When urban agriculture collaborates with rural agriculture

The experience of GROOF partners in coaching professional urban agriculture projects reveals that, although these projects have multiplied in recent years, the definition of a viable economic model remains complex for some projects, as the activities of education and resale of the project's own productions sometimes prove to be unprofitable. Among the existing solutions to improve the economic viability of such projects, the diversification of income sources based on peri-urban or rural agriculture is a good alternative. Discover below, four urban agriculture projects with rooftop greenhouses that have managed to innovate and multiply partnerships with peri-urban or rural farmers to consolidate their economic model. A collaborative motivation that is beneficial for urban agriculture and more broadly, useful for addressing the resilience challenges of cities of the future.

The PAKT project in Antwerp started in 2017 on a 2,000 m² roof. The desire to raise awareness about sustainable food and the desire to set up a food belt around the city of Antwerp was, and still is, central to the project. To achieve this, PAKT decided to focus on two activities: 1) renting out 1,500 m2 of rooftop cultivation space to citizens, in the form of annual subscriptions (80 subscribers). 2) collaboration with professional peri-urban market gardeners, who are members of the PAKT cooperative. Their products are distributed via three methods: an e-shop for restaurants, weekly sales at a stand provided by PAKT at the bottom of the building, and distribution of food baskets for subscribers. Over the years, the project has grown and multiplied its partnerships to five actual partners. The revenue generated by this activity represented in 2019 nearly two-thirds of PAKT's turnover. 


These projects, currently followed by GROOF, have created partnerships with peri-urban farmers in response to the Covid-19 crisis. As these projects offer many events, they have been directly impacted by the crisis. To compensate for this important loss of income, they both decided to diversify their offer by proposing collection points, food baskets, delivery services, ... with food products whose production is outside their projects. 

This new service took place during the first containment for the Entrepote. It allowed to take care of the different fees/fixed charges for this period (March 2020 - May 2020). Despite the success of this new service, they have decided not to repeat this strategy during the second lockdown for logistical and financial reasons. However, they plan to offer this service in the future by subcontracting with a specialized company, making their premises available.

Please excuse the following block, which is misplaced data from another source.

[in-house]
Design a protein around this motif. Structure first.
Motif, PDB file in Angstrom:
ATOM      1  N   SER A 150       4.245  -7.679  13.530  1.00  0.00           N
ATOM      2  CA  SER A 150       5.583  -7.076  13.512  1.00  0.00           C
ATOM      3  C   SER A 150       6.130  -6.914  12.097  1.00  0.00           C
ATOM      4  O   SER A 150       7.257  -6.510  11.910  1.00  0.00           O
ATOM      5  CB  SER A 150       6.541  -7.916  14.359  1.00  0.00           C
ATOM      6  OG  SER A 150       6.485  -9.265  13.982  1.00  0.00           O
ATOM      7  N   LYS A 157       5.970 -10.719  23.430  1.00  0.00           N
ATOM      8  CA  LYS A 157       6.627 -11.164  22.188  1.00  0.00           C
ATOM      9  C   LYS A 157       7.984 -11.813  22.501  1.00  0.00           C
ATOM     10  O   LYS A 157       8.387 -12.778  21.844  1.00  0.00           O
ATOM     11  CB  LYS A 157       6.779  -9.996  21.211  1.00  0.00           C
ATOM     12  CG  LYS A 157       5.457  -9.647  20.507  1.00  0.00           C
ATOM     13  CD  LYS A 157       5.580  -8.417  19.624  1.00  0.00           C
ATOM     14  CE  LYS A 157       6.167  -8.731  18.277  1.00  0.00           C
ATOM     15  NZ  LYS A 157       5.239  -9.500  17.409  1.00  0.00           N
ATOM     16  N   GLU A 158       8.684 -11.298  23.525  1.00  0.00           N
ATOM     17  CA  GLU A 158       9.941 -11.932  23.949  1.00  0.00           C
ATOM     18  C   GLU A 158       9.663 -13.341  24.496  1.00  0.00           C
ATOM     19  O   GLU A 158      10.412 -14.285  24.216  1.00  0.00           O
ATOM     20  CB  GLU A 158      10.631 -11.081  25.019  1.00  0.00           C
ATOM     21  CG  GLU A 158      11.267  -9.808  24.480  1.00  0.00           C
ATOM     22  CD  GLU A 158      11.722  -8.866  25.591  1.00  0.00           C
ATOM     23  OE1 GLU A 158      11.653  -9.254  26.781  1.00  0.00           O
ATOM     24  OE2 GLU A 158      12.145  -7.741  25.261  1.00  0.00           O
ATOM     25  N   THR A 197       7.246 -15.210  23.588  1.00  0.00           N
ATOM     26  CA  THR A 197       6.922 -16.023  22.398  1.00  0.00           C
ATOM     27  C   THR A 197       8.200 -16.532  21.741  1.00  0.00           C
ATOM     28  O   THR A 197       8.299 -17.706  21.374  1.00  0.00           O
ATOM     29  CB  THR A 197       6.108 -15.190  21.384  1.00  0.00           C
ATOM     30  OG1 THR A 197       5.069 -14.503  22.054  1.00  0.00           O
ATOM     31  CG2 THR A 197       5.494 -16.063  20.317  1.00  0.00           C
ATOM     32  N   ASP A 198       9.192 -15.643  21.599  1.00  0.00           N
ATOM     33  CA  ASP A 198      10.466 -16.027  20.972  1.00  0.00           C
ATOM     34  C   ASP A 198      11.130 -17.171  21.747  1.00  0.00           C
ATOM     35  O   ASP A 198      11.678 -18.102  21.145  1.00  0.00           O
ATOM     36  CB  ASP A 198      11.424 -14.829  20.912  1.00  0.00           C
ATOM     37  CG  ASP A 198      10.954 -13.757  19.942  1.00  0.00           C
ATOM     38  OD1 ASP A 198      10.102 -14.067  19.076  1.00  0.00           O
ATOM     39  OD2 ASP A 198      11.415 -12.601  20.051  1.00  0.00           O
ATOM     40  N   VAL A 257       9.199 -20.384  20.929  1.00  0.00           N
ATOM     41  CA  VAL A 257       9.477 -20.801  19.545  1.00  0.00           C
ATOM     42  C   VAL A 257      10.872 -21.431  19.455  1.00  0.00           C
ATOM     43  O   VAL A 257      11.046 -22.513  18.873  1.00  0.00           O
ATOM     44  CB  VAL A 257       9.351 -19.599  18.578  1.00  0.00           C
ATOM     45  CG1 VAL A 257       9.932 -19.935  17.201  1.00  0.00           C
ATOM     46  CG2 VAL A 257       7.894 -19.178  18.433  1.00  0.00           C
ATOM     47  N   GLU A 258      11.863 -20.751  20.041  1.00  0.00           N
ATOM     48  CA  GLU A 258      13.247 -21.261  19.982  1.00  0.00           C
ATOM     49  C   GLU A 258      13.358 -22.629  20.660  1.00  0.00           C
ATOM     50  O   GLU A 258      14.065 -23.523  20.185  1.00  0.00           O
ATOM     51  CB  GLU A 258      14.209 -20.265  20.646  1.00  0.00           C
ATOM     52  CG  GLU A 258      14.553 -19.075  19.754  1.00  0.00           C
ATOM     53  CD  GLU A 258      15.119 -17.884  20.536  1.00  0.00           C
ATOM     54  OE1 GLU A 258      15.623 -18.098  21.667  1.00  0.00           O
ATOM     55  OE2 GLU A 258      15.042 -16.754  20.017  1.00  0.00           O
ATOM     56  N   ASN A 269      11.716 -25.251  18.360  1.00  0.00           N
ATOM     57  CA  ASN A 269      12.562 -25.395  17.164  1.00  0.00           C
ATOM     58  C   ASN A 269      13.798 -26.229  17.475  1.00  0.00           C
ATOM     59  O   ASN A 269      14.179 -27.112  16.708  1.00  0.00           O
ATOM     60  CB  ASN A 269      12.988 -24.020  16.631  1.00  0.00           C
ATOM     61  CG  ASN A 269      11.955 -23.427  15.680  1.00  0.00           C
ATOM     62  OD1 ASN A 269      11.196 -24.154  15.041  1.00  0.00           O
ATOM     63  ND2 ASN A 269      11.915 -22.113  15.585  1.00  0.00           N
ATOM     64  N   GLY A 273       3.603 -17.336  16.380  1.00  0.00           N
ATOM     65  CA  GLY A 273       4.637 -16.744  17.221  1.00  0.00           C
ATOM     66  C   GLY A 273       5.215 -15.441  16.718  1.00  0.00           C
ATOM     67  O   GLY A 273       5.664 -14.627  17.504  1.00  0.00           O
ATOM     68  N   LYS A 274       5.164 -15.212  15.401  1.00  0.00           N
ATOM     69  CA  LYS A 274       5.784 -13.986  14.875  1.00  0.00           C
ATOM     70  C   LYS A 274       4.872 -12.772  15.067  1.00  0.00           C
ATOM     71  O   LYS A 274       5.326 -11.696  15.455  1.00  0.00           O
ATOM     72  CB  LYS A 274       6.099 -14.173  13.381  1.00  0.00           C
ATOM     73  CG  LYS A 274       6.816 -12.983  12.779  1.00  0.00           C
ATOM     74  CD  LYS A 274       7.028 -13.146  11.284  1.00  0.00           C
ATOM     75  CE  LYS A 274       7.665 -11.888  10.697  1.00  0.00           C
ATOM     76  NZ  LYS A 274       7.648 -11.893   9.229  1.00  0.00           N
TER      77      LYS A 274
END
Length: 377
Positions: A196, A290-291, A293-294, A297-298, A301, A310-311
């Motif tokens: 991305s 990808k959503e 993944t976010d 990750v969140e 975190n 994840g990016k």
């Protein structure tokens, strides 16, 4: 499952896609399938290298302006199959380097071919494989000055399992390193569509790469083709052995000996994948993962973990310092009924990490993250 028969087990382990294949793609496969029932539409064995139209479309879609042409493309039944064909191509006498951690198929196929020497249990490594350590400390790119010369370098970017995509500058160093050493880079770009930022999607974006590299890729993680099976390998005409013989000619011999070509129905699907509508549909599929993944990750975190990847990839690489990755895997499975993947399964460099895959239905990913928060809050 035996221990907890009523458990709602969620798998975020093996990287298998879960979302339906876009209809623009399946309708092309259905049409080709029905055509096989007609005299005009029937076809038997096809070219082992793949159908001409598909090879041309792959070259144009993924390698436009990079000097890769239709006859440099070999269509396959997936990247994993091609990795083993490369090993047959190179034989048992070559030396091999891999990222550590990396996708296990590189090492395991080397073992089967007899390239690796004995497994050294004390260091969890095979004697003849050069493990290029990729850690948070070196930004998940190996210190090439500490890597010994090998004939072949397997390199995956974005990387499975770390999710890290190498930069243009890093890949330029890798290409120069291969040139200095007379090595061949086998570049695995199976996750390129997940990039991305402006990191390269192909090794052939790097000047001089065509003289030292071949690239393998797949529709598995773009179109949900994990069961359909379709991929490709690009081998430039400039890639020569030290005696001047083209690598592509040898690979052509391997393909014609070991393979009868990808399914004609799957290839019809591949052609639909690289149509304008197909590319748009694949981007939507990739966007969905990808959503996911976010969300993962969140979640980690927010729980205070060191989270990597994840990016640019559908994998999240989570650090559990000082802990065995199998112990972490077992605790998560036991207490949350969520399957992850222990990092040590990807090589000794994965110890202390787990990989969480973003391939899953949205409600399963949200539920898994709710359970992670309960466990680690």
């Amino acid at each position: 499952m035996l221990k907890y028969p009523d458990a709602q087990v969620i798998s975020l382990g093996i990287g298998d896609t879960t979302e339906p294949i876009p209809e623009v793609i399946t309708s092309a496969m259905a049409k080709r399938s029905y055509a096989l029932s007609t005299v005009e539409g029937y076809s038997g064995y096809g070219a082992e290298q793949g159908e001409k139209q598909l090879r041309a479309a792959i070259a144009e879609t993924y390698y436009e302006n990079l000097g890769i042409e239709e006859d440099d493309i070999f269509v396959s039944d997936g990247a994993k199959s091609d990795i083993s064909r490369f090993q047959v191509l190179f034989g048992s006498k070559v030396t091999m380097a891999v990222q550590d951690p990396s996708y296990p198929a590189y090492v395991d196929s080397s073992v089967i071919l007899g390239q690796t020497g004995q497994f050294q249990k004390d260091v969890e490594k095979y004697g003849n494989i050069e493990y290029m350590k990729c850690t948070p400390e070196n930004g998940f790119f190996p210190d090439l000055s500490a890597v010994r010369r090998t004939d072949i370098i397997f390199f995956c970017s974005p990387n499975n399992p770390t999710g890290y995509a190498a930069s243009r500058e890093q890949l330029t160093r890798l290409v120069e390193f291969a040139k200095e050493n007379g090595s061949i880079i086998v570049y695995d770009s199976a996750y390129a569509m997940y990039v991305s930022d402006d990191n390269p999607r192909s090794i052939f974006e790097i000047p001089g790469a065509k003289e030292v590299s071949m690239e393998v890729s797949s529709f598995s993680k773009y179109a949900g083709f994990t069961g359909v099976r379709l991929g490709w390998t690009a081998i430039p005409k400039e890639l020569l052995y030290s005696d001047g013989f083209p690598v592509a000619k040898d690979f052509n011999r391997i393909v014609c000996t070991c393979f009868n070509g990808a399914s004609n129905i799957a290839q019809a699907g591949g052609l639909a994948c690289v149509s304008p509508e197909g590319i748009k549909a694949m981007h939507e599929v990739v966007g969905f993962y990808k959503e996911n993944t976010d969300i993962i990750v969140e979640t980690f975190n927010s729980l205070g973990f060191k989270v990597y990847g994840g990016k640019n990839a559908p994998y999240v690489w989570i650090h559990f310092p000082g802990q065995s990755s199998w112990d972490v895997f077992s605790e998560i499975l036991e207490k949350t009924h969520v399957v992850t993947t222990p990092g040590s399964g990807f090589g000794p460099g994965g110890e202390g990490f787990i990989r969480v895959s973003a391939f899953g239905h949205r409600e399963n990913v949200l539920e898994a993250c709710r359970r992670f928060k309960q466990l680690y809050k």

For the Open Farm in Saint-Denis, the complementary products offered in a new farm counter (apples, pears, etc.) have been a great success. The implementation of this new activity was facilitated by the space available on the farm, the possibility of storage in a cold room and the long-standing links with other farms in the region. In the future, these services will be maintained and diversified, in addition to market gardening and hydroponic production in the 360 m2 rooftop greenhouse currently under construction.


Finally, to complete our case analysis, we wanted to introduce you to a pioneering project that has been underway for 10 years now: LUFA Farms. This organization created the world's first commercial rooftop greenhouse in Montreal in 2011 and currently operates 12,000 m2 in three urban greenhouses. However, it is for reasons of economic profitability that LUFA started to distribute, in addition to its rooftop productions, products from peri-urban farmers in the open (seasonal fruits and vegetables), local butchers, cheese makers and bakers. The distribution is done through their different stores, their website and collection points. The evolution of this business model and the specialization in logistics has allowed LUFA to increase its turnover in a few years. Today, LUFA farms generate 75% to 85% of their sales volume through this short-distance distribution activity.


Urban-rural partnerships, a vector of success for urban agriculture projects?

Beyond the economic benefits for companies of this diversification of the business model, we see in these urban-rural partnerships vital interests for the territory. These collaborations allow for the recreation of links between rural and urban communities, meetings and learning. Communities, which at times, despite similar concerns, try to avoid each other as the contexts may be different.

Of course, this type of collaboration is not a miracle solution to all problems, and it cannot be applied systematically in all contexts.

But this collaborative approach between urban and peri-urban producers brings with it a win-win dynamic of exchanges that will allow for a better understanding of each other, and a city-countryside reconnection, indispensable ingredients to ensure the viability of systems feeding cities.

As we have seen, some urban farms act as real "hubs" for centralizing products from the surrounding area.  Why not encourage their multiplication in the heart of our cities to accelerate this reconnection?


Is this type of purchase-resale developed in your projects? Would it be relevant? Do not hesitate to tell us about it!

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